Asked by Ashley, Louisiana
I have had a quite a few ups and downs in my life. I have had depression since I was 8 years old. (I am now 26 and was diagnosed as bipolar three years ago.) In my lifetime, I have suffered major emotional abuse and betrayals from a variety of people, not to mention rough circumstances (losing a job last year, and unstable conditions in my current job). I have now gotten to a point where I've become obsessive about money due to fears of once again becoming unemployed, and I find myself drifting away from friends because I don't feel safe being close to anyone any more. It's scary for me because I went through a major depressive episode from ages 14 to 18, and I had to fight just to keep myself alive (medication was not available for me at the time, either). I've fought so hard just to get to my current point in life, which was graduating from college and living independently. I'm just so terrified of losing everything that I've fought for and returning to those lows, but I feel like I have to strike it out on my own just to maintain myself. Is there any chance of me ever feeling any form of security in my life ever again?
Mental Health Expert
Dr. Charles Raison
Emory University Medical School
I've spent a good deal of time in the last day thinking about your situation and your question. My immediate response was to reassure you that there is always a chance for you to find security, because that is the truth. But your story movingly identifies another -- deeper -- truth, which is that only people with bipolar disorder can truly understand the profound insecurity that arises from suffering with an illness that leaves them at the mercy of such ruthlessly unpredictable changes in emotion, energy and behavior. These changes often leave patients unable to trust themselves, at best, and completely unsure of who they even are, at worst.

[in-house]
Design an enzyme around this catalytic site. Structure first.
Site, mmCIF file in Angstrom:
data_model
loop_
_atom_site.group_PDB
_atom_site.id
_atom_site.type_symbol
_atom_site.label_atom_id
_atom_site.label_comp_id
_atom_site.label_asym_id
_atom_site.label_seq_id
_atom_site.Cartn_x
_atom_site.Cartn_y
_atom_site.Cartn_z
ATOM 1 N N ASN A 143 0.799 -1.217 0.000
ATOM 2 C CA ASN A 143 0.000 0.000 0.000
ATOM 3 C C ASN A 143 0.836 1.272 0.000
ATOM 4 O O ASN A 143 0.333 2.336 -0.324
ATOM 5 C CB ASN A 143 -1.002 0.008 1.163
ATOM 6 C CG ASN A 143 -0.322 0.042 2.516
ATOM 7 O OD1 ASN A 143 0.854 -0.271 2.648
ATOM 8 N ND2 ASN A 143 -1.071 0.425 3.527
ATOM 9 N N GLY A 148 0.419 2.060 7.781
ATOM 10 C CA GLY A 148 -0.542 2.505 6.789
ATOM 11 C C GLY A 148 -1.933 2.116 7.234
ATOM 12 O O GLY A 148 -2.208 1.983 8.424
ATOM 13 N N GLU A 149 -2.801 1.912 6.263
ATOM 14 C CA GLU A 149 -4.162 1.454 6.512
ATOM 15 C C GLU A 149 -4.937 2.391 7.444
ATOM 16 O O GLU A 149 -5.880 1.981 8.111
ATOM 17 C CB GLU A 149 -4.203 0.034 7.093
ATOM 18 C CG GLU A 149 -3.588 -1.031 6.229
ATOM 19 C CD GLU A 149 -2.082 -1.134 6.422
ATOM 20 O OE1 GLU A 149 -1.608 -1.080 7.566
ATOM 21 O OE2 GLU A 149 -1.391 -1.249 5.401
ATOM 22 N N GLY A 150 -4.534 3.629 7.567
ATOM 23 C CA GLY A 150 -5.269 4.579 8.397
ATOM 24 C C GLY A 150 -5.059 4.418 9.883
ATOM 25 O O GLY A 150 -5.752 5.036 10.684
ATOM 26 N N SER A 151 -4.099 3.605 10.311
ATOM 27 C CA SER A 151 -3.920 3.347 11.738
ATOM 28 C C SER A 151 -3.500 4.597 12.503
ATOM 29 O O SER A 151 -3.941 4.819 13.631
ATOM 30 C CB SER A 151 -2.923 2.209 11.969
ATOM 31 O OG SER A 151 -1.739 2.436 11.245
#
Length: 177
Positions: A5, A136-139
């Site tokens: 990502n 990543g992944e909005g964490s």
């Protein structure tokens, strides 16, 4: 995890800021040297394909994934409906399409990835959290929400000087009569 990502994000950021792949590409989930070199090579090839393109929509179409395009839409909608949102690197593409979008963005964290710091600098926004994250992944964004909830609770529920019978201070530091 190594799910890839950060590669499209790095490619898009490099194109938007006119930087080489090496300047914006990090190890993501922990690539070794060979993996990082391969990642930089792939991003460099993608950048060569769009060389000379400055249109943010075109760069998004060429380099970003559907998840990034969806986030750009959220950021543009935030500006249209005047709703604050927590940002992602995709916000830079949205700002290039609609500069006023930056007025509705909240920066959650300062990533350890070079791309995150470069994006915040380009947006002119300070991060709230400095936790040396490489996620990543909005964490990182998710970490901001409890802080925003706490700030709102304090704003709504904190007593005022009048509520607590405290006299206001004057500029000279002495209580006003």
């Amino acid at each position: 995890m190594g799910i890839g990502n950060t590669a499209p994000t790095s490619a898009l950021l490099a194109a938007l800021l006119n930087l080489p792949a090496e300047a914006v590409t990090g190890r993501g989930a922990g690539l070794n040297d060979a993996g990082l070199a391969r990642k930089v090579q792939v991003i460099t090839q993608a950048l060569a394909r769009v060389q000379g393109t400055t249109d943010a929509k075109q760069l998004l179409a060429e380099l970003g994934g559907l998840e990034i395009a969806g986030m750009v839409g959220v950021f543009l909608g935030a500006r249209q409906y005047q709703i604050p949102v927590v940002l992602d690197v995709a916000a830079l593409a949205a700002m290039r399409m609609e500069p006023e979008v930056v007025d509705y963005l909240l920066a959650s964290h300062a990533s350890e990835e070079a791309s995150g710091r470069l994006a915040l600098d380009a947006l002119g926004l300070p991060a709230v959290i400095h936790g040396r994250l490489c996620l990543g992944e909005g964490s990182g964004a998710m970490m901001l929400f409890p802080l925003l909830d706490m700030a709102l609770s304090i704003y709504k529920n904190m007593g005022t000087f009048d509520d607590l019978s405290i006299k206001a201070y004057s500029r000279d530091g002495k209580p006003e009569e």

You have a lot of factors in your favor, so let's start with these. First, you recognize that you have an illness, which for many people with bipolar disorder is no small accomplishment. Most of the really bad bipolar outcomes I've seen over the years happened to people who were not able to see that they had an illness, or saw, but did not want to do what it took to maximize their chances for mental health. The most heartbreaking cases are those in which the patient has clear insight into his condition when he is in a normal mood, but loses all touch with reality when he slips into a manic episode. I had a patient once who -- when normal -- would beg me to find a way to help her not lose her insight when she got sick, and then a week later, when in an episode, would accuse me of being the devil who poisoned her mind into submission when she wasn't manic.
So your clear insight into your condition is very encouraging. It is also promising that you have managed to get so far in life in the face of your illness. That also bodes very well for the future. It also suggests you have the drive and discipline to do the things most likely to bring you the security for which you long.